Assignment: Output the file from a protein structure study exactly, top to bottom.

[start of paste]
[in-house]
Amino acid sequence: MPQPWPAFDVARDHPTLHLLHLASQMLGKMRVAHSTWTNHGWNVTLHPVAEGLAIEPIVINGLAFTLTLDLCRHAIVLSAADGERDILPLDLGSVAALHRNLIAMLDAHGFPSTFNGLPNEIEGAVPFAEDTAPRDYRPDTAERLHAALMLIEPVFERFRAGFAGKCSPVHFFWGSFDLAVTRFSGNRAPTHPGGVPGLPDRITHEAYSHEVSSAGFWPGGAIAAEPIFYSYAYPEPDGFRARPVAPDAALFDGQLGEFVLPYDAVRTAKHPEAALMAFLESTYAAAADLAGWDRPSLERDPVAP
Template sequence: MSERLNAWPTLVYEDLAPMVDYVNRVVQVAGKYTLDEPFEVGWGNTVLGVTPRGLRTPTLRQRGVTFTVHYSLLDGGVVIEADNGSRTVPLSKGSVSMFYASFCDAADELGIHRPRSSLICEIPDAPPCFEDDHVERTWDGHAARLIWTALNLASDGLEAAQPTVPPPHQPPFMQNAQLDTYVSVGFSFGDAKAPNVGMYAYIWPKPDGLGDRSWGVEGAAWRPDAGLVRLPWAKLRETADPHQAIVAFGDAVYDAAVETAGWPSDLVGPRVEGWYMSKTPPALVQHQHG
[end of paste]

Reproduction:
[in-house]
Amino acid sequence: MPQPWPAFDVARDHPTLHLLHLASQMLGKMRVAHSTWTNHGWNVTLHPVAEGLAIEPIVINGLAFTLTLDLCRHAIVLSAADGERDILPLDLGSVAALHRNLIAMLDAHGFPSTFNGLPNEIEGAVPFAEDTAPRDYRPDTAERLHAALMLIEPVFERFRAGFAGKCSPVHFFWGSFDLAVTRFSGNRAPTHPGGVPGLPDRITHEAYSHEVSSAGFWPGGAIAAEPIFYSYAYPEPDGFRARPVAPDAALFDGQLGEFVLPYDAVRTAKHPEAALMAFLESTYAAAADLAGWDRPSLERDPVAP
Template sequence: MSERLNAWPTLVYEDLAPMVDYVNRVVQVAGKYTLDEPFEVGWGNTVLGVTPRGLRTPTLRQRGVTFTVHYSLLDGGVVIEADNGSRTVPLSKGSVSMFYASFCDAADELGIHRPRSSLICEIPDAPPCFEDDHVERTWDGHAARLIWTALNLASDGLEAAQPTVPPPHQPPFMQNAQLDTYVSVGFSFGDAKAPNVGMYAYIWPKPDGLGDRSWGVEGAAWRPDAGLVRLPWAKLRETADPHQAIVAFGDAVYDAAVETAGWPSDLVGPRVEGWYMSKTPPALVQHQHG